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Mathematics LibreTexts

3.8: Open and Closed Sets. Neighborhoods

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    20135
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    I. Let \(A\) be an open globe in \((S, \rho)\) or an open interval \((\overline{a}, \overline{b})\) in \(E^{n} .\) Then every \(p \in A\) can be enclosed in a small globe \(G_{p}(\delta) \subseteq A(\) Figures 7 and 8\()\). (This would fail for "boundary" points; but there are none inside an open \(G_{q}\) or \((\overline{a}, \overline{b}) . )\).

    Screen Shot 2019-05-31 at 1.26.46 AM.pngScreen Shot 2019-05-31 at 1.26.56 AM.png

    This suggests the following ideas, for any \((S, \rho)\).

    Definition

    A point \(p\) is said to be interior to a set \(A \subseteq(S, \rho)\) iff \(A\) contains some \(G_{p} ;\) i.e., \(p,\) together with some globe \(G_{p},\) belongs to \(A .\) We then also say that \(A\) is a neighborhood of \(p .\) The set of all interior points of \(A\) ("the interior of \(A^{\prime \prime}\) is denoted \(A^{0} .\) Note: \(\emptyset^{0}=\emptyset\) and \(S^{0}=S !\)

    Definition

    \(\mathrm{A}\) set \(A \subseteq(S, \rho)\) is said to be open iff \(A\) coincides with its interior \(\left(A^{0}=A\right) .\) Such are \(\emptyset\) and \(S .\)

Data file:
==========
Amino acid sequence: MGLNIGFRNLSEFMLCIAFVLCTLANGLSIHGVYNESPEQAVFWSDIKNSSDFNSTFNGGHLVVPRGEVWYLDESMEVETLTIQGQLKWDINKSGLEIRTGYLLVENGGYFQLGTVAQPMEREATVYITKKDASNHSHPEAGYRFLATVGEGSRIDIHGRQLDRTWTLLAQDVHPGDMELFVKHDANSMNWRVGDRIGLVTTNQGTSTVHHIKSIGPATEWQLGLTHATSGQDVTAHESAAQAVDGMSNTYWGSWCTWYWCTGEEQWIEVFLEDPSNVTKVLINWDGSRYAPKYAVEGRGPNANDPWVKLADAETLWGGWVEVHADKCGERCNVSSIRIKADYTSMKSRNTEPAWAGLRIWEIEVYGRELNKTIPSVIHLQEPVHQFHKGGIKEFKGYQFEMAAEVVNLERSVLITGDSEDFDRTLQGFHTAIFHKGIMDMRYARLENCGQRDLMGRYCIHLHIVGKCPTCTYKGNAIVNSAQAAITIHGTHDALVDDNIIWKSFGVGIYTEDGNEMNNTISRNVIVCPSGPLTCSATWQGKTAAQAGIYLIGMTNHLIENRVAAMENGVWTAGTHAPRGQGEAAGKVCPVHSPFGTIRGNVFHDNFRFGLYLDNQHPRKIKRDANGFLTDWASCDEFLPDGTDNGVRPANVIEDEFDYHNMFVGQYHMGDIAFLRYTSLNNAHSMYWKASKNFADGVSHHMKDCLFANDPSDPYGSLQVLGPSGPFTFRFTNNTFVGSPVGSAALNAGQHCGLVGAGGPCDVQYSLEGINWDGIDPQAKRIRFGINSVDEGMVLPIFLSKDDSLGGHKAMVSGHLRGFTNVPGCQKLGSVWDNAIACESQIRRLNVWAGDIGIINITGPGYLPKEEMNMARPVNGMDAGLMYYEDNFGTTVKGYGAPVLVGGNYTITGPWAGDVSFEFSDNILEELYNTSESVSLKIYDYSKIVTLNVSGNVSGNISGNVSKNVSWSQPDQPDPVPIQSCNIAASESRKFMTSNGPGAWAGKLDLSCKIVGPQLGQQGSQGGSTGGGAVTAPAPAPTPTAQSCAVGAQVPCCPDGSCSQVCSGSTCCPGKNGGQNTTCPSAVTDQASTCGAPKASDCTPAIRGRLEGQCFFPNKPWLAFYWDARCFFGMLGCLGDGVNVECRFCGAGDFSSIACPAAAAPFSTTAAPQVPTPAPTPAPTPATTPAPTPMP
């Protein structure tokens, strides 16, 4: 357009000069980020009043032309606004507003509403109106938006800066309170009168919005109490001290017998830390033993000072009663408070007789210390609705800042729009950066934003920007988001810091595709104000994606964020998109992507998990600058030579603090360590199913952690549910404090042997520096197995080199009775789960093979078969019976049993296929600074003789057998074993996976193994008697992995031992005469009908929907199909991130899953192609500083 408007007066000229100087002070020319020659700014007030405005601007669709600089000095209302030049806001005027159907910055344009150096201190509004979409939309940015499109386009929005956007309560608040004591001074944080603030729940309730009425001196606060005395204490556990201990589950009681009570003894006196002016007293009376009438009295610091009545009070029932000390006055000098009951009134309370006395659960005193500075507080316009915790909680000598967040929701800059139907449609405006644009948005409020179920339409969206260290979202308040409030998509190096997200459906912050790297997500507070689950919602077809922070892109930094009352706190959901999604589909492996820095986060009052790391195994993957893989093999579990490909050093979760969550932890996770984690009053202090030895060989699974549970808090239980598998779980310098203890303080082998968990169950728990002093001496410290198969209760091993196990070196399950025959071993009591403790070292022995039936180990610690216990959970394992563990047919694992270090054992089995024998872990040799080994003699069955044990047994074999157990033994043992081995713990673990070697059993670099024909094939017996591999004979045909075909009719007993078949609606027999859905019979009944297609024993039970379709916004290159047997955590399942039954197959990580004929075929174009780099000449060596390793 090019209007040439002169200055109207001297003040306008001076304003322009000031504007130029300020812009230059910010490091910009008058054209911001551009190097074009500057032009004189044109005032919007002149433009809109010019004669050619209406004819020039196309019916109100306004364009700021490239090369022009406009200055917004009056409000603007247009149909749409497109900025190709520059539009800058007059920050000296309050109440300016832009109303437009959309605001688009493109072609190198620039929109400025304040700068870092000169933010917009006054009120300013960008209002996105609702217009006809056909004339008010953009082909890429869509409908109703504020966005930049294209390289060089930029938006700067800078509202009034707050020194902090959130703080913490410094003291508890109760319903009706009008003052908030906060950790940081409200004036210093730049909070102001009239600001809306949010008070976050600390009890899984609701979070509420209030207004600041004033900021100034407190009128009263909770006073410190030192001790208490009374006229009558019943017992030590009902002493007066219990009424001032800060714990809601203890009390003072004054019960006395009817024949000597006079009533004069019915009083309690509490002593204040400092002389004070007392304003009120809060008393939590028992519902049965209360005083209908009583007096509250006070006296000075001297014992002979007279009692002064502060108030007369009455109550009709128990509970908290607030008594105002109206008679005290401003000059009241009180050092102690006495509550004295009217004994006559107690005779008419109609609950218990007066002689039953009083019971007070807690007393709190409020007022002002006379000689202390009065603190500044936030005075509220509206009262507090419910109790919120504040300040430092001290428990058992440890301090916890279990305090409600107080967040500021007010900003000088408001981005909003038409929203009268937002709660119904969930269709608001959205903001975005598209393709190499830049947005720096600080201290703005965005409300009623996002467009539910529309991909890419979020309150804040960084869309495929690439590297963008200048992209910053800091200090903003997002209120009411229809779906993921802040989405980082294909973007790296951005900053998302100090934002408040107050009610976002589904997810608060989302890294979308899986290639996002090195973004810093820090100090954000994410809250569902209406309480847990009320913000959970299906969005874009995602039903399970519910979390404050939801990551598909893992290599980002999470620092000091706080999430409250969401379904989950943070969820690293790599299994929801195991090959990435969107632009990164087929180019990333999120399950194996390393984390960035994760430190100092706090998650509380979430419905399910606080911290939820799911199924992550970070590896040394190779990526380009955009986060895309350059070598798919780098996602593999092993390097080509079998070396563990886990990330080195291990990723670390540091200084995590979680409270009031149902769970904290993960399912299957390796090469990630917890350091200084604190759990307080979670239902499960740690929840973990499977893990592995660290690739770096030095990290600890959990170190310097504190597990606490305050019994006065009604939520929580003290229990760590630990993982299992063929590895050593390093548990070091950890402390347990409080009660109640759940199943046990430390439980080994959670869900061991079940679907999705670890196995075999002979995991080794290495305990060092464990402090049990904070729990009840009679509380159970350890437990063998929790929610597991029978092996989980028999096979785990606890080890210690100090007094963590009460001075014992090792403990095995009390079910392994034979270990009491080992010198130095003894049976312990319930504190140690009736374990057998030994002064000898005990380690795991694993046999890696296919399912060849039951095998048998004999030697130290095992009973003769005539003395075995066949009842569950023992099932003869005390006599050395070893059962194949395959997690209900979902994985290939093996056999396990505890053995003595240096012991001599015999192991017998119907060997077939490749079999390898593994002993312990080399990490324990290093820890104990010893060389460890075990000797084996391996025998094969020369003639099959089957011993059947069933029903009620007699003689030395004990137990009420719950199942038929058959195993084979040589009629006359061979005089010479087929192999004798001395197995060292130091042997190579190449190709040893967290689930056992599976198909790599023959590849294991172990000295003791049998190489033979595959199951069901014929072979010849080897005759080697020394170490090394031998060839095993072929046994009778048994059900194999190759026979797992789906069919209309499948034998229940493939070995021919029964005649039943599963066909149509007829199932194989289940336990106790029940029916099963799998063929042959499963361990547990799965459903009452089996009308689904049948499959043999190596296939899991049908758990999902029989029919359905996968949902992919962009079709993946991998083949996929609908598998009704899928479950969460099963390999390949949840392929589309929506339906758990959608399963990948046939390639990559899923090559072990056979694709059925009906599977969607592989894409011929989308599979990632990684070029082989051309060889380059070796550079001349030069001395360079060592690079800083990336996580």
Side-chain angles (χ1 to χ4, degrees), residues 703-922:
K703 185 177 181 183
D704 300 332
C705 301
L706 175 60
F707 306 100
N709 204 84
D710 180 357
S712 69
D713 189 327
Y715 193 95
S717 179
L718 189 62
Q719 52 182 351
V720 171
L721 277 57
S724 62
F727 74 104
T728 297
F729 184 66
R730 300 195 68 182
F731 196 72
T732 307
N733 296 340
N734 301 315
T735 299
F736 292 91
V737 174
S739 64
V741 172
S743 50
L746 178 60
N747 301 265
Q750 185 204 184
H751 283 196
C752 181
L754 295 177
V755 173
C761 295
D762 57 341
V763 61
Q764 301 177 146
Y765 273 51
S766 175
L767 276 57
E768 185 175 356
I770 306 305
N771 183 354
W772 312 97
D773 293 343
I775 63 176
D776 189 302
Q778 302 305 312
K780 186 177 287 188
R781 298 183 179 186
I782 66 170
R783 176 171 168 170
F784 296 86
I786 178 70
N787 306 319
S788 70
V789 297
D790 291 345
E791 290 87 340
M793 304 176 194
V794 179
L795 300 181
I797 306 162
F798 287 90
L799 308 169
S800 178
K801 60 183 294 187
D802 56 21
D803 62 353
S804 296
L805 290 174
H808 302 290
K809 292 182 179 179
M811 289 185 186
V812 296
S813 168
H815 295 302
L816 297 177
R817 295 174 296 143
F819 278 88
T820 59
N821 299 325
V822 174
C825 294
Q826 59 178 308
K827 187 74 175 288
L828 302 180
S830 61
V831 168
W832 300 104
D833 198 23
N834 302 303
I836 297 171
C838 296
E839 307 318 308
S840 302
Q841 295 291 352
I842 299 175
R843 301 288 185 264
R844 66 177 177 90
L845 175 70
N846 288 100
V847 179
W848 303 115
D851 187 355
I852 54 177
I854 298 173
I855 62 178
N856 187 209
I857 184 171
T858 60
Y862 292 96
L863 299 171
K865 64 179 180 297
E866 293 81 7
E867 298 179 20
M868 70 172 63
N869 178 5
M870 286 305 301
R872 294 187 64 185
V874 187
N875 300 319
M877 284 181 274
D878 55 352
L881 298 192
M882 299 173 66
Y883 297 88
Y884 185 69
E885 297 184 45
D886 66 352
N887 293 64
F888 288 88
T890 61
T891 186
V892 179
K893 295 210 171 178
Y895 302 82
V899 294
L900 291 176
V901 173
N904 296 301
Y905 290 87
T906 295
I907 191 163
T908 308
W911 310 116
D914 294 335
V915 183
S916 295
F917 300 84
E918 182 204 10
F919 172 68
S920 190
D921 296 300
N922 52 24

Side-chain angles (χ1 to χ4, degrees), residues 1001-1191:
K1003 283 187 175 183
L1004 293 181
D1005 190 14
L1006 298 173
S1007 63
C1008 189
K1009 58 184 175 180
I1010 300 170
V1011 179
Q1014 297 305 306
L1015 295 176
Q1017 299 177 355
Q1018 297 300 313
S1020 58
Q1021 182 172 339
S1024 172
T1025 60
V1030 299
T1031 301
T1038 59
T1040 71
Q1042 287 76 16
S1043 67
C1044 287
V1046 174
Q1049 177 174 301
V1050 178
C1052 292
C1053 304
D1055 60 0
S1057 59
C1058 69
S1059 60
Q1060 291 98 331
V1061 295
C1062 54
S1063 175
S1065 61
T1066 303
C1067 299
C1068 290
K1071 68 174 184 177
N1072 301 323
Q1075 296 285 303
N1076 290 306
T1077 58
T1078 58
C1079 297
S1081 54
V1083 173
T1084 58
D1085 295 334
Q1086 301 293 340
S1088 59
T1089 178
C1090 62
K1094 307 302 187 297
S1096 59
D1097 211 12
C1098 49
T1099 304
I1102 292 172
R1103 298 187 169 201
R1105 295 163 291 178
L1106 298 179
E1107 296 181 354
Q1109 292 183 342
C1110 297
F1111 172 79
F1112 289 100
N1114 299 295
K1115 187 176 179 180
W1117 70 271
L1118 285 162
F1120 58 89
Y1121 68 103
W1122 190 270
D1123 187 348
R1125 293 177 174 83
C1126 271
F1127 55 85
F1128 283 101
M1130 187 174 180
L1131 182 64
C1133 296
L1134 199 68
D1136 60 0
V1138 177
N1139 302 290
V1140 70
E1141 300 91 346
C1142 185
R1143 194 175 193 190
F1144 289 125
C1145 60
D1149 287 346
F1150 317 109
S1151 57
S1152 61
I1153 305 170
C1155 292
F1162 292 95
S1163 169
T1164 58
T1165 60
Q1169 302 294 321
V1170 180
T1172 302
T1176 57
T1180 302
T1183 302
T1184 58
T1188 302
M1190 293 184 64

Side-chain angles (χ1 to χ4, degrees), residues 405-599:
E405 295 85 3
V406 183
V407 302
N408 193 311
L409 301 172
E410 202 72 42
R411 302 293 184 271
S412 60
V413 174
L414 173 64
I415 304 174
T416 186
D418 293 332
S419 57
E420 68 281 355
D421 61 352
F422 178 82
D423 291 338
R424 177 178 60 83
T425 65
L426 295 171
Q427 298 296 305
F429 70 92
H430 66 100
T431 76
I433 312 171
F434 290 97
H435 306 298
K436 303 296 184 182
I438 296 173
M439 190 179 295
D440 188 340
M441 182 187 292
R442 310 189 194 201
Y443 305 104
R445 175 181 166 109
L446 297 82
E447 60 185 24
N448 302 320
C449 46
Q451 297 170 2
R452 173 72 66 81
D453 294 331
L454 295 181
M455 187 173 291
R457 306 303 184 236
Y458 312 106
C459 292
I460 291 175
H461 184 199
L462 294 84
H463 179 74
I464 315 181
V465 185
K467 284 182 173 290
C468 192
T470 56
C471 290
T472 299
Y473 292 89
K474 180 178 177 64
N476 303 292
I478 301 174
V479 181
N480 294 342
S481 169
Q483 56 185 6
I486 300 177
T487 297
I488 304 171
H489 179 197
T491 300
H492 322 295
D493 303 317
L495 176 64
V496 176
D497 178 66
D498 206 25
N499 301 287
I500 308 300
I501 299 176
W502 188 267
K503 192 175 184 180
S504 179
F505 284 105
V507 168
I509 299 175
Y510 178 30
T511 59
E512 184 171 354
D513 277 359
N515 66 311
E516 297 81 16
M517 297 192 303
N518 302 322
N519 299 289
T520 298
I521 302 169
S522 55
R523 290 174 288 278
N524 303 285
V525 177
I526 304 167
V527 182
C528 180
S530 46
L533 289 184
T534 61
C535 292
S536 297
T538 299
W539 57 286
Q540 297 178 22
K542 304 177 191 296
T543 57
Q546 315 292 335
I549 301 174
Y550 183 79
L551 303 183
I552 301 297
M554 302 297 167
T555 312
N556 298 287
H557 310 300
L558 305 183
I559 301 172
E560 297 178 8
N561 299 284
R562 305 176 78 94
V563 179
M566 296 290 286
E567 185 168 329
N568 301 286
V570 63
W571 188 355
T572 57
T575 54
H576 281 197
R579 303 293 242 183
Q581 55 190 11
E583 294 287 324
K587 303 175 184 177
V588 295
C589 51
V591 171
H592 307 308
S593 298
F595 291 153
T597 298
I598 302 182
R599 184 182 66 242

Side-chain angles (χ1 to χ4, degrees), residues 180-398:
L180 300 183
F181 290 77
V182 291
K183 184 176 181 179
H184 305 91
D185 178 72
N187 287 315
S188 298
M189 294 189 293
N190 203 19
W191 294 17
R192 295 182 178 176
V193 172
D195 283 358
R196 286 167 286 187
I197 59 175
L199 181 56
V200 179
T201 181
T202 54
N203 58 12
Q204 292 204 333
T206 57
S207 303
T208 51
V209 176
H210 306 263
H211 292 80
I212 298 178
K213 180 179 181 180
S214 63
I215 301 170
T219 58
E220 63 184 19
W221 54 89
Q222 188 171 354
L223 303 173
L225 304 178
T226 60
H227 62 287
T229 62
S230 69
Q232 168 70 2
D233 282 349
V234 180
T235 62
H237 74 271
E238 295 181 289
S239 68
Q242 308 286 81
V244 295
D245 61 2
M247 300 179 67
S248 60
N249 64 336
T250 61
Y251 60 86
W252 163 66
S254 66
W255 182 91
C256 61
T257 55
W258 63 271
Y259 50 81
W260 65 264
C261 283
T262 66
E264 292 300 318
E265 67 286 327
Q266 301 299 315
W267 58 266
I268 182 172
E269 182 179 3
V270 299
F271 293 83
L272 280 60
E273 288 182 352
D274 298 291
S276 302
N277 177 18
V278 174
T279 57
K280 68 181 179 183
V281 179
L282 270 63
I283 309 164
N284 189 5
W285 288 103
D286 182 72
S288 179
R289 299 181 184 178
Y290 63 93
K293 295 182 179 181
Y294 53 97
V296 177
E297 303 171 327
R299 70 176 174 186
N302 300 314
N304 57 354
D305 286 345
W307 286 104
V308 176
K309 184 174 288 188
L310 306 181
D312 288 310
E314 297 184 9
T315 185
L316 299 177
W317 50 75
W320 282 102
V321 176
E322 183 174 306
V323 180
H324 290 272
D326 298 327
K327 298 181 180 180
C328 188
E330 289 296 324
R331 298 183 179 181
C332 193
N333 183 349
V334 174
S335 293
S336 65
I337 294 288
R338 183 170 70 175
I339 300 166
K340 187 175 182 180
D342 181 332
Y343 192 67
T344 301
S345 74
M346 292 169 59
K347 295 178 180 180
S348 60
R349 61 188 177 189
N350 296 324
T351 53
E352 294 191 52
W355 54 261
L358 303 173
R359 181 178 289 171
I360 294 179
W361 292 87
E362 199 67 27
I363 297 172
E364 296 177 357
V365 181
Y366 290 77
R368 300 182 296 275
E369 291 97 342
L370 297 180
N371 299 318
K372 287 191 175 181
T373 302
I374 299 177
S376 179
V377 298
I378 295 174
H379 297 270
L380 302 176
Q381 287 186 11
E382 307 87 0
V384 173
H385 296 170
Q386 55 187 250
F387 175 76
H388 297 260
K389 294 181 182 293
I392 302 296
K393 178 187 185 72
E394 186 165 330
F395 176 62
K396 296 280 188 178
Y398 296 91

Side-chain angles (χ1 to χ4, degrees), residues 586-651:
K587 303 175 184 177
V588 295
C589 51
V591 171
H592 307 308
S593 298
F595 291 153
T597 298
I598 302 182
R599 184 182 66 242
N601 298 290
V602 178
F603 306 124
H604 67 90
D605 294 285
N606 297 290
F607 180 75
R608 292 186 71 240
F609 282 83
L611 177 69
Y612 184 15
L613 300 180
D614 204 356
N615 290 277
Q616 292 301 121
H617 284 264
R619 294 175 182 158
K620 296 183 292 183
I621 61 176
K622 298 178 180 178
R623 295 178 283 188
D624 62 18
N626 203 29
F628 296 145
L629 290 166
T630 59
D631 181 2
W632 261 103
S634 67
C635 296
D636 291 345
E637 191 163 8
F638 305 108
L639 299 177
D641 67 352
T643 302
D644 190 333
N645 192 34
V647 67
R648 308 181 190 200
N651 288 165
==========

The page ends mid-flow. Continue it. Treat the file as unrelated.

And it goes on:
Example \(\PageIndex{1}\)

    (1) As noted above, an open globe \(G_{q}(r)\) has interior points only, and thus is an open set in the sense of Definition \(2 .\) (See Problem 1 for a proof.)

    (2) The same applies to an open interval \((\overline{a}, \overline{b})\) in \(E^{n} .\) (See Problem \(2 . )\)

    (3) The interior of any interval in \(E^{n}\) never includes its endpoints \(\overline{a}\) and \(\overline{b}\). In fact, it coincides with the open interval \((\overline{a}, \overline{b}) .\) (See Problem \(4 . )\)

    (4) The set \(R\) of all rationals in \(E^{1}\) has no interior points at all \(\left(R^{0}=\emptyset\right)\) because it cannot contain any \(G_{p}=(p-\varepsilon, p+\varepsilon) .\) Indeed, any such \(G_{p}\) contains irrationals (see Chapter 2, §§11-12, Problem 5\(),\) so it is not entirely contained in \(R .\)

    Theorem \(\PageIndex{1}\)